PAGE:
Featured Research

from universities, journals, and other organizations

Punctured cell membranes lead to high blood pressure

Date:
January 27, 2014
Source:
University of Southern Denmark
Summary:
Researchers have identified how a mutated protein can lead to holes in a protein sitting in a cell's membrane. Such holes cause high blood pressure, and the discovery can now lead to new and better medication for high blood pressure.

Researchers from the University of Southern Denmark have identified how a mutated protein can lead to holes in a protein sitting in a cell's membrane. Such holes cause high blood pressure, and the discovery can now lead to new and better medication for high blood pressure.

High blood pressure can be caused by many things -- one of them being a specific mutated protein. Now the researchers at University of Southern Denmark have found out exactly what unfortunate events in the human organism are initiated by the mutated protein.

"This knowledge can now lead to new and better medicines for high blood pressure," says the lead author of a new scientific publication, PhD student Wojciech Kopec from the Center for Biomembrane Physics (MEMPHYS) at the University of Southern Denmark.

He explains that some years ago research colleagues from University of Aarhus found out that a particular mutated protein is associated with high blood pressure. But the exact mechanism at play could not be clarified until now.

Wojciech Kopec and his colleagues, Himanshu Khandelia and Bastien Loubet from Memphys and Hanne Poulsen from University of Aarhus, have now revealed the mechanism at play: The mutated protein leads to the formation of holes in a protein sitting in a cell's membrane, and so the cell can no longer control what is allowed into and out of the cell interior. The holes are made where the cell controls its content of salts. A normal, healthy cell has full control of how much salt (sodium ions) must be removed from within the cell so that it can maintain a perfect salt balance in the organism, it is a part of.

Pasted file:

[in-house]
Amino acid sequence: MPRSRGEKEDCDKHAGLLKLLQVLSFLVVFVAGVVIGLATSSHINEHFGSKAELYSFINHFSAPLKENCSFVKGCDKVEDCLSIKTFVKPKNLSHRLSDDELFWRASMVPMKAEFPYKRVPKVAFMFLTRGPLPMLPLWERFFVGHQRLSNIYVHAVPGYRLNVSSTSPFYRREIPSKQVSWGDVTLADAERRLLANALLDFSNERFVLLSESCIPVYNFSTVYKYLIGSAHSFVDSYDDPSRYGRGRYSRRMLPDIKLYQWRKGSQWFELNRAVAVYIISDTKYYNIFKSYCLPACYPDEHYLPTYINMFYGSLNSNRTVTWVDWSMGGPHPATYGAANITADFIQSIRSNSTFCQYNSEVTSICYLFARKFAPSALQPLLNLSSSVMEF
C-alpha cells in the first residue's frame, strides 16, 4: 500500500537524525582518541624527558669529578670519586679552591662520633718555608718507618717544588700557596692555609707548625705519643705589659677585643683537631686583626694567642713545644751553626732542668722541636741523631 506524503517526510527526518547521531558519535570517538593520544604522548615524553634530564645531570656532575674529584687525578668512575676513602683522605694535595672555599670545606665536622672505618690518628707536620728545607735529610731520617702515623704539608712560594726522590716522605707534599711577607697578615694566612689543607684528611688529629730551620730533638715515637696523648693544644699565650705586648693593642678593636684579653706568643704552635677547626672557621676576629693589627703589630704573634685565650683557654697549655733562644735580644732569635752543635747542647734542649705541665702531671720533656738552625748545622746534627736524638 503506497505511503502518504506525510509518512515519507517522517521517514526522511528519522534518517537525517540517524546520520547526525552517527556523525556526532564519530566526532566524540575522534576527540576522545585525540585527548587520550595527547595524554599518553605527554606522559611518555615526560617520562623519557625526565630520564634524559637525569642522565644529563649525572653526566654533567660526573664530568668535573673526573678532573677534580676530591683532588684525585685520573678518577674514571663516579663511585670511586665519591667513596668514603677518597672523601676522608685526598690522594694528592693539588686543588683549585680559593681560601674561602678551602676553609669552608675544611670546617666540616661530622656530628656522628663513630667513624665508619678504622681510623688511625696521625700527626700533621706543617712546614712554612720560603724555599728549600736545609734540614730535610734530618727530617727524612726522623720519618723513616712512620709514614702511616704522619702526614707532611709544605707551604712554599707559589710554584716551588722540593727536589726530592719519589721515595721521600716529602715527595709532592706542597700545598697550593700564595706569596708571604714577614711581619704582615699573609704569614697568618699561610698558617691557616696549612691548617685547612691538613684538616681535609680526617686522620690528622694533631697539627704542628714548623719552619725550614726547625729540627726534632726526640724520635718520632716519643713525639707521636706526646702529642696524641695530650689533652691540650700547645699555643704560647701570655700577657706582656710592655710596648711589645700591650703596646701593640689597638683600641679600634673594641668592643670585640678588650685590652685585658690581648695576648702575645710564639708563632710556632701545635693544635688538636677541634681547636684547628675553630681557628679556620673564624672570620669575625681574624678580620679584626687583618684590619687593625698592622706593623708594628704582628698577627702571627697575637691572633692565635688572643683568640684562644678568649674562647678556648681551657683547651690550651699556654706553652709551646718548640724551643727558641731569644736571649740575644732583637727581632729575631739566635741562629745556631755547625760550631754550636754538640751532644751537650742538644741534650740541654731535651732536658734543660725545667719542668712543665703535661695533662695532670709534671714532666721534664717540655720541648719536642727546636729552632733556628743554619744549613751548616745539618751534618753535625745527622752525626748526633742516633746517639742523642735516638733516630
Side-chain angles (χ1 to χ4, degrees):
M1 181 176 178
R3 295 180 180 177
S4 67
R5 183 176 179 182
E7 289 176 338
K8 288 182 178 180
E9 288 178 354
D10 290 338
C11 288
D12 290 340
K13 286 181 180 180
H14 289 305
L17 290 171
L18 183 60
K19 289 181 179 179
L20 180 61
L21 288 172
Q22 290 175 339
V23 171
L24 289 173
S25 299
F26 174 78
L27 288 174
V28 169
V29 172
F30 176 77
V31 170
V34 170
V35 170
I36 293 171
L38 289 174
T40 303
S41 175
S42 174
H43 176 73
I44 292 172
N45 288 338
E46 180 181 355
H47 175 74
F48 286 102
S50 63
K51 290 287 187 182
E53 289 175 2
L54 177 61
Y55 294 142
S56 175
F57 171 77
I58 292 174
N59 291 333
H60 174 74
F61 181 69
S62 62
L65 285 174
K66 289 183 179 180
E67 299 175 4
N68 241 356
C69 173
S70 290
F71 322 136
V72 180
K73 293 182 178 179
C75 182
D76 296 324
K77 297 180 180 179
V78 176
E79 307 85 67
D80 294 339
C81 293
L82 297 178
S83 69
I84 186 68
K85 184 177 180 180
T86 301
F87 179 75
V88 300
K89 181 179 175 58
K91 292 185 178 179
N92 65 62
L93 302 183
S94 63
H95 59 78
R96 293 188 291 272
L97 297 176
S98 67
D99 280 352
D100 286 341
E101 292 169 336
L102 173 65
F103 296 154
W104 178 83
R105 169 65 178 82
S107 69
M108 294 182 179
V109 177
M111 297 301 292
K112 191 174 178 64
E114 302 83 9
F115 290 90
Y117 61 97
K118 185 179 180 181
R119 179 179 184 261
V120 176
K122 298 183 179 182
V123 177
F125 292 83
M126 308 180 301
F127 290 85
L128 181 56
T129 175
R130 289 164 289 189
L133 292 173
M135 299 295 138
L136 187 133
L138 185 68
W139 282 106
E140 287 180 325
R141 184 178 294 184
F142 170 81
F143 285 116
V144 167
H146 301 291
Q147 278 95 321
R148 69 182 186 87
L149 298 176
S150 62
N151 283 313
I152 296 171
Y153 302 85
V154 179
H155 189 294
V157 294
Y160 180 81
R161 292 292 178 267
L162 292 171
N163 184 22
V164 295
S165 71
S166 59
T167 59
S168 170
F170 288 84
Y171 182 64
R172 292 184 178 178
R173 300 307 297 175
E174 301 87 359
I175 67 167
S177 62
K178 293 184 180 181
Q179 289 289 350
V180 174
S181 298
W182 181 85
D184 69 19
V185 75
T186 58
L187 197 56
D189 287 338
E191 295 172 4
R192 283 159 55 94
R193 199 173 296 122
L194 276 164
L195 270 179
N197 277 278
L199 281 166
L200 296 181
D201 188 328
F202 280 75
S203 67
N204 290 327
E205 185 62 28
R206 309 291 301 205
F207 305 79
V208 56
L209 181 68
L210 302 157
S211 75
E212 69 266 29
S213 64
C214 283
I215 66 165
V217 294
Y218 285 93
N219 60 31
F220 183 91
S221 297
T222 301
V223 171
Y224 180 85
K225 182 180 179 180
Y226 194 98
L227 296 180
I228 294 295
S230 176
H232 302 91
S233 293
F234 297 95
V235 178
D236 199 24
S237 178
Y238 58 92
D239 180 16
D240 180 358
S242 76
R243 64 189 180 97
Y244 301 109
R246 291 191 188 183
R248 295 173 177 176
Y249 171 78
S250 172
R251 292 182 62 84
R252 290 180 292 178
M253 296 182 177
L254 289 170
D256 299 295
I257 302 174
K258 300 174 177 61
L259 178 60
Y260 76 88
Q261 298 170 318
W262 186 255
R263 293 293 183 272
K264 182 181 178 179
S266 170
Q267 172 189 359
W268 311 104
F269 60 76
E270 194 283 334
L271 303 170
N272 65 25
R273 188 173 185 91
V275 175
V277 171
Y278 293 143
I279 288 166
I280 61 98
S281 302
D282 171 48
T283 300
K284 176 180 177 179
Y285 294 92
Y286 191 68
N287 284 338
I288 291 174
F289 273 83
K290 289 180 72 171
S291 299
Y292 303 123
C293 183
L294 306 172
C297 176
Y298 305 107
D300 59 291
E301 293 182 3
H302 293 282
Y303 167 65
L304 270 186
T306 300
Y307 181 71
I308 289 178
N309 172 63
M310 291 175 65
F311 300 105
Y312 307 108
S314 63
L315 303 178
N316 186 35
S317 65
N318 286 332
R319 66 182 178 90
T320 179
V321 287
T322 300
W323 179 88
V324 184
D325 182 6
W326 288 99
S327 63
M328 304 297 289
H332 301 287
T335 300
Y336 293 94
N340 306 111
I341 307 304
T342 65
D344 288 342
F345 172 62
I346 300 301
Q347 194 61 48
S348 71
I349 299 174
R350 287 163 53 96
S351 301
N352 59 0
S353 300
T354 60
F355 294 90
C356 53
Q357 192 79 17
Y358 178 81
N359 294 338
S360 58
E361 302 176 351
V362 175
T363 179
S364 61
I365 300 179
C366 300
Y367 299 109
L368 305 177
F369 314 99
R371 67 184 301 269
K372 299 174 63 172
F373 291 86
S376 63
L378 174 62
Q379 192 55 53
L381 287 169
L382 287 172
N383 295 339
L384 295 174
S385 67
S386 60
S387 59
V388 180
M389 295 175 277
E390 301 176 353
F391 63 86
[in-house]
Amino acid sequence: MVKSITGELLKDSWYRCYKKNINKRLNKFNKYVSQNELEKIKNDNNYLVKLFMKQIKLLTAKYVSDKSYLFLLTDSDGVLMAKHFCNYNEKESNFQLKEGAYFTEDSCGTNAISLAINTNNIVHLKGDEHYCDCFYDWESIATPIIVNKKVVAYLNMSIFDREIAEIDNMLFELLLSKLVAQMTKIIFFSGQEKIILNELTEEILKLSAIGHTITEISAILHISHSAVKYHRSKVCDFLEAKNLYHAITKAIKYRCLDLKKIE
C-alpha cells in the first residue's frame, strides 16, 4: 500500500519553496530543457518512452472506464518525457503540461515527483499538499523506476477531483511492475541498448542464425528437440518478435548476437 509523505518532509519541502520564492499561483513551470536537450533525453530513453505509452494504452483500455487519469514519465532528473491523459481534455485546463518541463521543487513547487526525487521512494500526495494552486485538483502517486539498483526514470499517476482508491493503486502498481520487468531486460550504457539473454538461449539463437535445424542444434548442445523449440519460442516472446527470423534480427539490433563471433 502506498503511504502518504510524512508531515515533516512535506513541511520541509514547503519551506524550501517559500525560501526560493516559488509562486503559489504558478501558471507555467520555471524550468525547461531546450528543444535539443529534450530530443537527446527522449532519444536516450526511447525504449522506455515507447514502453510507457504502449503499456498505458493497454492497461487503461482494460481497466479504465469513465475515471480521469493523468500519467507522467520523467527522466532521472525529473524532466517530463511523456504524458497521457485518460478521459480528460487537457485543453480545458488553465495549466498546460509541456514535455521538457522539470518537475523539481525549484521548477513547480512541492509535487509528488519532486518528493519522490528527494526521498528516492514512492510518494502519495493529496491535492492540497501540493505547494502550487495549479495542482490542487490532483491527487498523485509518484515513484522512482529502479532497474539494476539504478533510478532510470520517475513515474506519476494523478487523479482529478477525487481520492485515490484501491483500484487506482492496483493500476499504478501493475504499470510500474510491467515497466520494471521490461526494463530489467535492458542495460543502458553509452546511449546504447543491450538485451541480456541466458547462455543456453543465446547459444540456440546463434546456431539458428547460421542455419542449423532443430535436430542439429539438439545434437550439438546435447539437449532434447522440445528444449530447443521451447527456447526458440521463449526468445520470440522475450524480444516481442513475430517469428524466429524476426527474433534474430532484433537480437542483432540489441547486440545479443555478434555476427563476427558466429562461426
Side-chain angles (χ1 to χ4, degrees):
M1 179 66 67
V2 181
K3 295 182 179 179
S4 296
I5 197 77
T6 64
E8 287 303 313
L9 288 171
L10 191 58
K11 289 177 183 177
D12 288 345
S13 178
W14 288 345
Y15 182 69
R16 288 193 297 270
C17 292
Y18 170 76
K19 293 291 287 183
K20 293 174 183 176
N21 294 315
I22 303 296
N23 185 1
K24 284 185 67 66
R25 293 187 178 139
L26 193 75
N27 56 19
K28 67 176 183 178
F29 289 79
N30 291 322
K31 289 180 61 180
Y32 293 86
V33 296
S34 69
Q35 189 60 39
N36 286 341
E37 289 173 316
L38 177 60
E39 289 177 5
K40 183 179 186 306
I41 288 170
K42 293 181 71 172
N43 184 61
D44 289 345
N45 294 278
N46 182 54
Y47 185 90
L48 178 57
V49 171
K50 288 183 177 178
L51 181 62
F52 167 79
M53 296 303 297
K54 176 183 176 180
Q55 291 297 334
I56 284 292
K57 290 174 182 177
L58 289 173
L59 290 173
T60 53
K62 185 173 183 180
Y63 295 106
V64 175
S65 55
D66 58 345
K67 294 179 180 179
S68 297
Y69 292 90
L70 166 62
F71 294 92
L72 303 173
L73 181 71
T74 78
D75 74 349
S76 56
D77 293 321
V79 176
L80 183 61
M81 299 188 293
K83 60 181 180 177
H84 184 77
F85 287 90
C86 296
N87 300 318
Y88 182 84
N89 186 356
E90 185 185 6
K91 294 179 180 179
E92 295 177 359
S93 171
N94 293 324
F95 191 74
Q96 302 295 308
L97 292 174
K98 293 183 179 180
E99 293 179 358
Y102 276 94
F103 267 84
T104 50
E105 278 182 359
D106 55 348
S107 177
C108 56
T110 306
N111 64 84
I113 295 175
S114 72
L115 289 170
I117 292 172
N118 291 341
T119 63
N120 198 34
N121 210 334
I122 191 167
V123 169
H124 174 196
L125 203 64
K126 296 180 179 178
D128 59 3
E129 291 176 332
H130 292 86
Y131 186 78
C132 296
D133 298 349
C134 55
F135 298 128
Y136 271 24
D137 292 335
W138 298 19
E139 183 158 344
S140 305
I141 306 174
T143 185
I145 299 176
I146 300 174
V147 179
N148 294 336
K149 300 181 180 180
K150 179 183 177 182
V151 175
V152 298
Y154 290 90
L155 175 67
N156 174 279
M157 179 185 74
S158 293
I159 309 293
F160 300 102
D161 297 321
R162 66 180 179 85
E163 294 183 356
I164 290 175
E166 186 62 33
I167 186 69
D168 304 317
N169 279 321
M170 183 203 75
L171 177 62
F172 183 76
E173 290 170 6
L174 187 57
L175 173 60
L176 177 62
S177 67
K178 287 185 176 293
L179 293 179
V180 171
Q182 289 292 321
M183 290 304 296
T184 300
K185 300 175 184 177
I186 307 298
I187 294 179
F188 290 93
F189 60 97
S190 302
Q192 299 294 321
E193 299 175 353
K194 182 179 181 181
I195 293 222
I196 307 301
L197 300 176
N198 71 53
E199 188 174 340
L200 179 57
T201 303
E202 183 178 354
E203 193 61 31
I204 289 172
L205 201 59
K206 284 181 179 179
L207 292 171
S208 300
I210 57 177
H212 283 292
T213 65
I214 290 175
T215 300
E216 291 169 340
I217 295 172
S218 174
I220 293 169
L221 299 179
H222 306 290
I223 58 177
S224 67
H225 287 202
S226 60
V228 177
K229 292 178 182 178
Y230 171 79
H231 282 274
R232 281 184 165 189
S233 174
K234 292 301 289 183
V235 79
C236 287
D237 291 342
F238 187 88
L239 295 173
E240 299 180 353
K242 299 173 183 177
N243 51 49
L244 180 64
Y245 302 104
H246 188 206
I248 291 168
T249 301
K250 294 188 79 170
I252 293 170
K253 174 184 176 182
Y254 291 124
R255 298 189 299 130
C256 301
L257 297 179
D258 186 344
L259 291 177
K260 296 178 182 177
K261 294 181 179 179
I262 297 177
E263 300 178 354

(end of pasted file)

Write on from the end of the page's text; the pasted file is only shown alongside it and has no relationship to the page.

"But when there are holes, sodium ions can penetrate into the cell, so the salt levels go up. Too high salt levels are associated with many diseases, including high blood pressure," explains Wojciech Kopec.

This specific knowledge is particularly useful for the medical industry involved with developing new drugs.

"Medicine is molecules, and therefore it is in principle easy to develop a molecular formula that can close the holes in the membrane," says Wojciech Kopec.


Story Source:

The above story is based on materials provided by University of Southern Denmark. Note: Materials may be edited for content and length.


Journal Reference:

  1. Wojciech Kopec, Bastien Loubet, Hanne Poulsen, Himanshu Khandelia. Molecular Mechanism of Na ,K -ATPase Malfunction in Mutations Characteristic of Adrenal Hypertension. Biochemistry, 2014; 140124102203008 DOI: 10.1021/bi401425g

Cite This Page:

University of Southern Denmark. "Punctured cell membranes lead to high blood pressure." ScienceDaily. ScienceDaily, 27 January 2014. <www.sciencedaily.com/releases/2014/01/140127101240.htm>.